United States District Court, W.D. Missouri, Western Division
ORDER AND OPINION (1) GRANTING PLAINTIFF'S MOTION
TO REMAND, AND (2) REMANDING THE MATTER TO STATE
D. SMITH, SENIOR JUDGE UNITED STATES DISTRICT COURT
is a Motion to Remand filed by Plaintiff Phillip Trokey. Doc.
#6. The motion is granted, and the matter is remanded to the
Circuit Court of Jackson County, Missouri.
suit arises from personal injuries suffered by Trokey during
his employment with Installtec, as the result of a lift
tipping over. Defendant Great Plains Roofing and Sheet M Inc.
(“Great Plains”) allegedly supplied the lift to
Installec, and Defendant Spencer Plumb allegedly operated the
lift during the incident. Trokey filed a Petition in the
Circuit Court of Jackson County, Missouri, on September 4,
2015. Complete diversity of citizenship was lacking as Trokey
and Plumb were citizens of Missouri. However, on October 6,
2016, Trokey dismissed his claims against Plumb after the two
parties negotiated a settlement. On November 7, 2016, Great
Plains removed the case to this court. Trokey seeks remand to
removal is predicated on diversity of citizenship, the case
cannot be removed “more than 1 year after commencement
of the action, unless the district court finds that the
plaintiff has acted in bad faith in order to prevent a
defendant from removing the action.” 28 U.S.C. §
1446(c)(1). “The statute is a product of Congress'
different treatment for diversity cases (as opposed to
federal question cases): it is a legislative judgment that a
suit governed by state law that is filed in state court
should remain in state court if it has been pending and
consuming state judicial resources for more than one
year.” Bush v. State Farm Fire & Cas. Co.,
No. 13-0550-CV-W-ODS, 2013 WL 3755776, at *2 (W.D. Mo. July
16, 2013). “This legislative judgment dictates that
diversity cases remain in state court unless bad faith is
evidenced; the one year limit is not obviated by
considerations of fairness, equity, or some other basis for
ascertaining what seems ‘right, ' but only by bad
faith.” Id. at *3.
argues for the Court to interpret the meaning of “bad
faith” using the standard for fraudulent joinder.
However, courts address “bad faith” and
“fraudulent joinder” independently of each other.
Bajaba, LLC v. Gen. Steel Domestic Sales, LLC, No.
14-CV-4057, 2014 WL 5363905, at *6 (W.D. Ark. Oct. 21, 2014).
Bad faith under section 1446 governs the time for removal,
while fraudulent joinder pertains to the court's subject
matter jurisdiction. Id. at *5-6. The Eighth Circuit
has not yet set forth an interpretive standard for the
“bad faith” exception under section 1446.
suit was pending for more than one year before it was
removed. Great Plains argues Trokey acted in bad faith by
reaching a settlement with the non-diverse defendant, Plumb,
resulting in Plumb's dismissal more than one year after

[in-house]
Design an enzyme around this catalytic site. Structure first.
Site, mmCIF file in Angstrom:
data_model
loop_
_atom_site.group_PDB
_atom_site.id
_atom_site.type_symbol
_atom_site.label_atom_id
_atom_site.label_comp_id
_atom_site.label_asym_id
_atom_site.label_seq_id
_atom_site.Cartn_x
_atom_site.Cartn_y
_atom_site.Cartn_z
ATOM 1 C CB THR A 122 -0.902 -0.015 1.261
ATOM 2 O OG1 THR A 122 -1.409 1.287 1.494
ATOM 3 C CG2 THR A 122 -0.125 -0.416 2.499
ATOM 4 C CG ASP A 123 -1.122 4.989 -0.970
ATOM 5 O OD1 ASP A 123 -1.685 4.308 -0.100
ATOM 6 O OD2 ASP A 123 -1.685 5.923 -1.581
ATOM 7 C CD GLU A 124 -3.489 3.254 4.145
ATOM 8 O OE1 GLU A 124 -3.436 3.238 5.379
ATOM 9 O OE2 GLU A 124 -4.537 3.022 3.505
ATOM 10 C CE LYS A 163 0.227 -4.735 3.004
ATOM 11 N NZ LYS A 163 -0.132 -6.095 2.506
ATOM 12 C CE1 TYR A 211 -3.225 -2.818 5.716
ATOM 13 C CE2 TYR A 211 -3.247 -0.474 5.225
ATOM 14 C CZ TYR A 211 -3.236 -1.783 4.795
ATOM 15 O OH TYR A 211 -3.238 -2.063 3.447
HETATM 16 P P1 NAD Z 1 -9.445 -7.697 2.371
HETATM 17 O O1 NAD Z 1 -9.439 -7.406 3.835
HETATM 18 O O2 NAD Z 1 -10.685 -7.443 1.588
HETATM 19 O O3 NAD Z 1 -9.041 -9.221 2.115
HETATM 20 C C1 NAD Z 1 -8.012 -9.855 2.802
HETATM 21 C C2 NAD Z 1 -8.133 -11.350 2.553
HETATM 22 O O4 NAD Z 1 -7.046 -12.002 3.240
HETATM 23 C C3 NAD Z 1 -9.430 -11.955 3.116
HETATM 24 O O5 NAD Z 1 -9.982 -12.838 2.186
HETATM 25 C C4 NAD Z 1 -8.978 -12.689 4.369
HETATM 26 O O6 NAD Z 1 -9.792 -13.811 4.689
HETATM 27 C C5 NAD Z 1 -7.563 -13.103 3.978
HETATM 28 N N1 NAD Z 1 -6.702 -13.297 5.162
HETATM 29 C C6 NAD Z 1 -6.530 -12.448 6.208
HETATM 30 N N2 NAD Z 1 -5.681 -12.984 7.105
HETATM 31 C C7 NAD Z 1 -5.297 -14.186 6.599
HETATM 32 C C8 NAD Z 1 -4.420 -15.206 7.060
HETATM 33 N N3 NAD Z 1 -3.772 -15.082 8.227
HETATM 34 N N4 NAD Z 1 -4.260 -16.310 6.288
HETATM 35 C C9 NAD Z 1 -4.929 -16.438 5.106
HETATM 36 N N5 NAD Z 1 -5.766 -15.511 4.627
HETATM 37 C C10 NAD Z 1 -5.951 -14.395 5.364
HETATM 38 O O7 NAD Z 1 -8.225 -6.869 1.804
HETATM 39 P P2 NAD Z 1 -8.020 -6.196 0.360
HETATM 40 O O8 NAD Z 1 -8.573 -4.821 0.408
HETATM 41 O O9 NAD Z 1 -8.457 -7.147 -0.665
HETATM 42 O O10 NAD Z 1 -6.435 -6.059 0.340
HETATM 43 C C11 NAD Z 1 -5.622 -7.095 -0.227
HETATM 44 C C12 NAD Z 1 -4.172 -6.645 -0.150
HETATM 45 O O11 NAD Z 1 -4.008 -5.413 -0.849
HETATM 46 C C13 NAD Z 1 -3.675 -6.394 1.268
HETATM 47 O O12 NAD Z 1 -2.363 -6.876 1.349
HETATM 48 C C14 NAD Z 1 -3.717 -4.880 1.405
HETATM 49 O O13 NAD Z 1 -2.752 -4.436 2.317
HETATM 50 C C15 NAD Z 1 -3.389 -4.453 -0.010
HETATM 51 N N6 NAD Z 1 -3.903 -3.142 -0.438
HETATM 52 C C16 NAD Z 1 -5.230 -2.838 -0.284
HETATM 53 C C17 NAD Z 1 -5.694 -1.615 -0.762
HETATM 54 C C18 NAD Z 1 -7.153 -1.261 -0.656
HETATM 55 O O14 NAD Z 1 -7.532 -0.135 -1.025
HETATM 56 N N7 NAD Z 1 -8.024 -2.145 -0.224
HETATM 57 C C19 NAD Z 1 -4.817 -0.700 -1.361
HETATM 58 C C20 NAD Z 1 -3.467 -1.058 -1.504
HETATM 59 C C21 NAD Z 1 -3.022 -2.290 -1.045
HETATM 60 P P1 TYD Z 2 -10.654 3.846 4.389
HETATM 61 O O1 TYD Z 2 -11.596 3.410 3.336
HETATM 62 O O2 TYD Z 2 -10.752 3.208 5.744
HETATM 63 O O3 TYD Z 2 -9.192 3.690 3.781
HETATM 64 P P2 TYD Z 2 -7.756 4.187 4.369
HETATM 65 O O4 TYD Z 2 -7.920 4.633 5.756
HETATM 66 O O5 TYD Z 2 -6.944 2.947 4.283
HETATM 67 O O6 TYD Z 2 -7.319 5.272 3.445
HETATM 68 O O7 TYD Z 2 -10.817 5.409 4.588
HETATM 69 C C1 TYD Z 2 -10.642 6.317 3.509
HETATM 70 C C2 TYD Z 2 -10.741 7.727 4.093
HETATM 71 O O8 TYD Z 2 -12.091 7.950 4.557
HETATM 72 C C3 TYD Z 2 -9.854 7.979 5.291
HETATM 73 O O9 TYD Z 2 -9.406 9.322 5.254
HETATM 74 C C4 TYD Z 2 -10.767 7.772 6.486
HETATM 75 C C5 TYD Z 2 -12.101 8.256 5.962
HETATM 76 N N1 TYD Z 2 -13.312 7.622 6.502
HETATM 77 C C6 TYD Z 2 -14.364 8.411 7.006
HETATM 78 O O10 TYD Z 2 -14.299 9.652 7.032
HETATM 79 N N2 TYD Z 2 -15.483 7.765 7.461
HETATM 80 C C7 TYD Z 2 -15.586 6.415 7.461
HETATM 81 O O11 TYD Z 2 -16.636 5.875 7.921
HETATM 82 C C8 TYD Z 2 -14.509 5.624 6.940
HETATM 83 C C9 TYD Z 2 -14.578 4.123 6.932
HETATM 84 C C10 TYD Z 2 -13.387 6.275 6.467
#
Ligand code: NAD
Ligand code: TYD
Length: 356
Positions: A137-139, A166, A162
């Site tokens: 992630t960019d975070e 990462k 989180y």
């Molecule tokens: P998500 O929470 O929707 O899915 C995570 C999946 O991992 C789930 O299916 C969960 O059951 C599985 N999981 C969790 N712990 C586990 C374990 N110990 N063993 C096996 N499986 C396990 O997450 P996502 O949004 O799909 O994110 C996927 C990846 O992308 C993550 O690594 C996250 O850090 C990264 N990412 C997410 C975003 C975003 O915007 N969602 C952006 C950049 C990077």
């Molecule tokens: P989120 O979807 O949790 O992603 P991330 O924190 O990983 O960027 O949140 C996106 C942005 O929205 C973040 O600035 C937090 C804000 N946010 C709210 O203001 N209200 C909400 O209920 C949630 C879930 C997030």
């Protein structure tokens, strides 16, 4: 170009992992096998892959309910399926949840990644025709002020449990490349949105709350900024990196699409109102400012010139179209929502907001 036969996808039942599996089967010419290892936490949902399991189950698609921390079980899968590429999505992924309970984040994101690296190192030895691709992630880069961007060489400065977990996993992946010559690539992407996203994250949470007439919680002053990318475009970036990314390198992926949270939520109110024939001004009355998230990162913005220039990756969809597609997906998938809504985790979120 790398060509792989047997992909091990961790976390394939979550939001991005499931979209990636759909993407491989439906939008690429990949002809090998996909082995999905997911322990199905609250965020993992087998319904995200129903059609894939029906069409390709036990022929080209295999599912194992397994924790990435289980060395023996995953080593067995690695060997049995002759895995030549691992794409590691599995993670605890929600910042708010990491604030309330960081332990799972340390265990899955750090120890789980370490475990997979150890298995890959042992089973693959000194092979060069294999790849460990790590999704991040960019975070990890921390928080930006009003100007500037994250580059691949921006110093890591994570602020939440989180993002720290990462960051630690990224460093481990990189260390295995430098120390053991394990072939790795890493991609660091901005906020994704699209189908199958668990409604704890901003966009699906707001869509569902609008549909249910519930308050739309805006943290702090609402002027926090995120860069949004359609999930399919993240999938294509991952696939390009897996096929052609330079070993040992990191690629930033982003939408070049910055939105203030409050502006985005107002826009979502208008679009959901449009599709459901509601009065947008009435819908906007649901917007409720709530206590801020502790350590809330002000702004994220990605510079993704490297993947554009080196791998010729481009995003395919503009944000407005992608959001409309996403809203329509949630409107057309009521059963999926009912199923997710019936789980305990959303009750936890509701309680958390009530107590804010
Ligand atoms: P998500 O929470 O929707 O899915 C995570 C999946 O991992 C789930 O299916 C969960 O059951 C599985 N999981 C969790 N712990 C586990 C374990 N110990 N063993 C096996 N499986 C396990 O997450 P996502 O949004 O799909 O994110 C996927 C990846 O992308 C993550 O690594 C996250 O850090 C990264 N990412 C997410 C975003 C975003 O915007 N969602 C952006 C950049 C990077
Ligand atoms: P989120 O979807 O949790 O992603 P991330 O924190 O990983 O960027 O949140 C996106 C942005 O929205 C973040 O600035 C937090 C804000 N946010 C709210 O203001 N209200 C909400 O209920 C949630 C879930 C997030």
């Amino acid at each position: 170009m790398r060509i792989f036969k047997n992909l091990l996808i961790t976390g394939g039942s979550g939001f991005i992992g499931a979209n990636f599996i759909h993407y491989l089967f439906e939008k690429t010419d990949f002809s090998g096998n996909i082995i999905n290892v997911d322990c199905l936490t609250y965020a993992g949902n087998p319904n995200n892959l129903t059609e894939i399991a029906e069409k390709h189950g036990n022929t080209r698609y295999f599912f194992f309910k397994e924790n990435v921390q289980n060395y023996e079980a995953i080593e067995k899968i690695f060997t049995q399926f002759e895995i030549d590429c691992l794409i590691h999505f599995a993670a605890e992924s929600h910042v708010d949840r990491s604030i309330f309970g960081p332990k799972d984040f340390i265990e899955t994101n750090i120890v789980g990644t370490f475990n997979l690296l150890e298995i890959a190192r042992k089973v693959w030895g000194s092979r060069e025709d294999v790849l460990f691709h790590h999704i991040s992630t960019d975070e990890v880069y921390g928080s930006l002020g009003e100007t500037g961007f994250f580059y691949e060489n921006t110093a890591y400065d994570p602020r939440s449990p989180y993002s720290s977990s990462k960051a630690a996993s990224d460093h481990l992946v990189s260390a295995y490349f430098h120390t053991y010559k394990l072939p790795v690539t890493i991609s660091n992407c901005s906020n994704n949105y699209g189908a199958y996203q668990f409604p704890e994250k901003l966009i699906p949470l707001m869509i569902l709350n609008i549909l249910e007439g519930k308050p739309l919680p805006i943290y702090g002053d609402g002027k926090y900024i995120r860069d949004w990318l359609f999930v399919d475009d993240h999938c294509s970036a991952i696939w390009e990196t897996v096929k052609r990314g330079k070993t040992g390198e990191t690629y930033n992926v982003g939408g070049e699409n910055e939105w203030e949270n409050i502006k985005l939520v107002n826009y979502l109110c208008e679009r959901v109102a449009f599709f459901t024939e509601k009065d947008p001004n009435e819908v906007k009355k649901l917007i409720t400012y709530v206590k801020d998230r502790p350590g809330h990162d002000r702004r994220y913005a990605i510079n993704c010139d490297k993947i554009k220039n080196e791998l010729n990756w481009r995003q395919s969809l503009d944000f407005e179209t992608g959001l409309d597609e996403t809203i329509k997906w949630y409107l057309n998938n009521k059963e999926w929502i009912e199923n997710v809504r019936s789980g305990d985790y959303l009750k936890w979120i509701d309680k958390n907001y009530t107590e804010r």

the suit commenced. Both Great Plains and Plumb were named as
defendants in Trokey's initial petition. Trokey asserted
a valid claim against Plumb, evidenced by the state court
denying Plumb's motion to dismiss for failure to state a
claim. Doc. #6-1. This suggests reasons - other than to avoid
federal court - for joinder of Plumb. While this matter was
pending in state court, Great Plains raised no issue with
Plumb being a defendant. Tellingly, Great Plains filed a
cross-claim against Plumb, alleging his negligence in the
incident caused Trokey's injuries. Given these
circumstances, the Court discerns no bad faith.
Great Plains argues the Court should employ a two-step
framework to analyze the “bad faith” exception
under section 1446. See Aguayo v. AMCO Ins. Co., 59
F.Supp.3d 1225, 1273-77 (D. N.M. 2014). Under that framework,
a court first examines whether the plaintiff actively
litigated against the “removal spoiler” in state
court. Id. at 1262-63 (defining actively litigate to
consist of obtaining a settlement with the defendant).
Actively litigating against the “removal spoiler”
entitles the plaintiff to a rebuttable presumption of good
faith. Id. If the plaintiff is entitled to the
presumption, the second step gives the defendant the
opportunity to rebut the presumption with direct evidence of
bad faith. Id.
Court were to utilize the framework suggested by Great
Plains, its decision would remain unchanged. Trokey actively
litigated against Plumb by defeating Plumb's motion to
dismiss. Moreover, the two parties negotiated a settlement.
Plumb's failure to respond to discovery and Trokey's
failure to enforce discovery is questionable. However, the
settlement between the two parties in light of Plumb's
motion to dismiss being denied is inconsistent with bad
faith. Additionally, Great Plains has provided no evidence -
direct or otherwise - of Trokey acting in bad faith.
Plumb's joinder does not appear to be an effort by Trokey
to avoid federal court. The timing of the settlement, without
more, does not reach the level of bad faith proscribed by
matter was removed more than one year after it was commenced,
and the Court finds Plaintiff did not act in bad faith to
prevent Great Plains from removing this matter. Thus, removal
is untimely. Plaintiff's motion to remand is granted, and